Tremaine Joseph Hicks Spent 19 Years In Prison After Being SHOT and FRAMED by COPS

This is the kind of story that equally saddens, scares, and infuriates me. Going to prison is one of my biggest fears in life, and to a degree that’s a good thing, as that fear has kept me on the straight and narrow. I don’t want to do anything that might lead to me being sentenced to jail. But then I worry about being caught up in something like what happened to this poor fellow, just being in the wrong place at the wrong time and ending up in jail. The only thing worse than going to jail has to be going to jail for a crime that you didn’t even commit.

The story begins on November 27, 2001 in South Philadelphia. A man pistol-whipped a woman and dragged her into an alleyway behind a hospital and raped her. At one point a delivery van passed by, its headlights flashing into the alley, which scared the rapist into stopping and then running away. Tremaine Joseph Hicks had been nearby and heard the woman screaming and ran to the scene. Seeing the woman laying on the ground he reached into his pocket to get his phone and call police. Right at that moment police officers Martin Vinson and Dennis Zungolo pulled up in their police car, apparently arriving based on someone else’s 911 call. and Officer Vinson got out and immediately shot Tremaine 3 times in the back. Then Officer Vinson searched Hicks and found no weapons on him.

It’s not yet clear exactly who did what at this point, but this is where the cops went into coverup mode, including somebody planting a gun on Tremaine, as he lay bleeding in the alley. Officer Vinson called for backup and said “I tried to get the male to, uh, you know, put his hands where I could see them, and he was reaching for something and I couldn’t see it.”

Tremaine was taken to a hospital when he was given emergency surgery for a collapsed lung due to one of the bullets and he survived. But then he was arrested and charged with rape as he lay handcuffed to his hospital bed.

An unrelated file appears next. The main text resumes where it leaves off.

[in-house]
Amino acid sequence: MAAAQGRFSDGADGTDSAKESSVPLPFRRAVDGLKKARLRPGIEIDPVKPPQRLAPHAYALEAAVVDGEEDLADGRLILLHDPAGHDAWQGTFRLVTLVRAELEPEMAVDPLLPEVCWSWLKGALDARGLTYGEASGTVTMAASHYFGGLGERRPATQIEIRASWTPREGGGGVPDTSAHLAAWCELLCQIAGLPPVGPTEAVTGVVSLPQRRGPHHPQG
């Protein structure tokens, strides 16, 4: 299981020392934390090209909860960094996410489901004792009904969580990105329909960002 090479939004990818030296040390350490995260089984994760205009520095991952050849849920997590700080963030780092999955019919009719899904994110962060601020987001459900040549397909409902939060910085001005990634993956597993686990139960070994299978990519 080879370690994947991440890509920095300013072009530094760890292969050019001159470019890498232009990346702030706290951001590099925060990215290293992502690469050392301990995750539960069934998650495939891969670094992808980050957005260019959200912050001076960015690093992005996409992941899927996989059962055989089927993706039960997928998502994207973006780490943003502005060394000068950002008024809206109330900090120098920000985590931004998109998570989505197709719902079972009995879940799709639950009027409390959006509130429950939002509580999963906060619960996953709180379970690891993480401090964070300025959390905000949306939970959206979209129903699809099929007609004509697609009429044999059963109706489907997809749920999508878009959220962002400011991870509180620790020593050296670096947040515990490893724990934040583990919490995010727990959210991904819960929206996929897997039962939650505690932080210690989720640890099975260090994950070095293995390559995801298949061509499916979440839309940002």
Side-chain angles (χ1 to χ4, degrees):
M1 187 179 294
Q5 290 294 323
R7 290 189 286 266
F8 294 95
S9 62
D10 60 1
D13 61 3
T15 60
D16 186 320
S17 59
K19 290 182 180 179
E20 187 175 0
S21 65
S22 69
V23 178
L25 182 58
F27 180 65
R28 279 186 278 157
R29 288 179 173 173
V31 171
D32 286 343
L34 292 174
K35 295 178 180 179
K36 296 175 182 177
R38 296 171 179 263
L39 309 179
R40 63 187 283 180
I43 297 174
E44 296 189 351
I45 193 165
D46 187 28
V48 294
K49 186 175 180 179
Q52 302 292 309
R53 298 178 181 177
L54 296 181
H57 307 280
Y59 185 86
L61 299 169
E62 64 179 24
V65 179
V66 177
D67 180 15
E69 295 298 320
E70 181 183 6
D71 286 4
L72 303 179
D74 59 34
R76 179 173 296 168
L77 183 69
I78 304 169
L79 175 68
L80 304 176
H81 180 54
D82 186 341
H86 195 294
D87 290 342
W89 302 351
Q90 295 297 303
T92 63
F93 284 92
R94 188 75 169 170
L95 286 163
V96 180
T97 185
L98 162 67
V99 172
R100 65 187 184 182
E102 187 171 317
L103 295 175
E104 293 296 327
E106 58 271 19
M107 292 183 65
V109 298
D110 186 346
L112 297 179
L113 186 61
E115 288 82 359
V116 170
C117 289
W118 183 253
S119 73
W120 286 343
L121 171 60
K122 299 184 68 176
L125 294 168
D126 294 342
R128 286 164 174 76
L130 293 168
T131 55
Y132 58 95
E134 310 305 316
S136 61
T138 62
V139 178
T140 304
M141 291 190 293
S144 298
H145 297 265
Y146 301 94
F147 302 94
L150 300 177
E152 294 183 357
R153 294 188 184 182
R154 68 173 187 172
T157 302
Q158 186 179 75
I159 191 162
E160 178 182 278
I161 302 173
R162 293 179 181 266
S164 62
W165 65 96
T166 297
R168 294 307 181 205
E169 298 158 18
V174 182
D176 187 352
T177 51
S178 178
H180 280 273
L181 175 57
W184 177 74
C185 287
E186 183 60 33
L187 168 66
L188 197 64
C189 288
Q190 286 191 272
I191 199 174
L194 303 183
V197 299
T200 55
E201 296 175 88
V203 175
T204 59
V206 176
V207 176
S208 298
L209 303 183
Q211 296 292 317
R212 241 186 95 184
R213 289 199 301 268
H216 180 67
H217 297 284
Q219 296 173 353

Officer Robert Ellis and his partner Duane Watson had arrived on the scene after Officer Vinson called for backup, and he would testify in court that he found a .38 caliber Taurus handgun in Tremaine’s jacket pocket (even though the gun was recovered with blood all over it while the inside of Tremaine’s jacket was perfectly clean) . Officer Zungolo testified that when he and Officer Vinson arrived he saw Tremaine pulling up his pants, and Officer Vinson testified that Tremaine reached into his pocket and “lunged” at him, which is why he shot him (again, Tremaine was shot in the back). The rape victim couldn’t identify he attacker in her court as it was dark and she had suffered head trauma due to the pistol whipping she’d received prior to the attack. All she could remember is that the assault stopped right after she saw the bright headlights flash in the alley, which she assumed were the police arriving.

It turns out that there was actual surveillance video from the street which showed the victim being dragged into the alley by a man wearing a grey hoodie. It also shows the delivery van driving by and it’s headlights flooding the alley. It doesn’t actually show what happened in the alley but it’s enough to show that Tremaine wasn’t the rapist as he wasn’t wearing a hoodie. But for some reason this very crucial evidence wasn’t made available to Tremaine’s lawyers during the trial. Neither was forensic evidence regarding the lack of blood inside Tremaine’s jacket where Office Ellis claimed he found the gun or that Tremaine was definitely shot in the back, contradicting Officer Vinson’s statement about Tremaine lunging at him.

And so, at 26 years old, Tremaine was found guilty and sentenced to a maximum amount of 25 years in jail.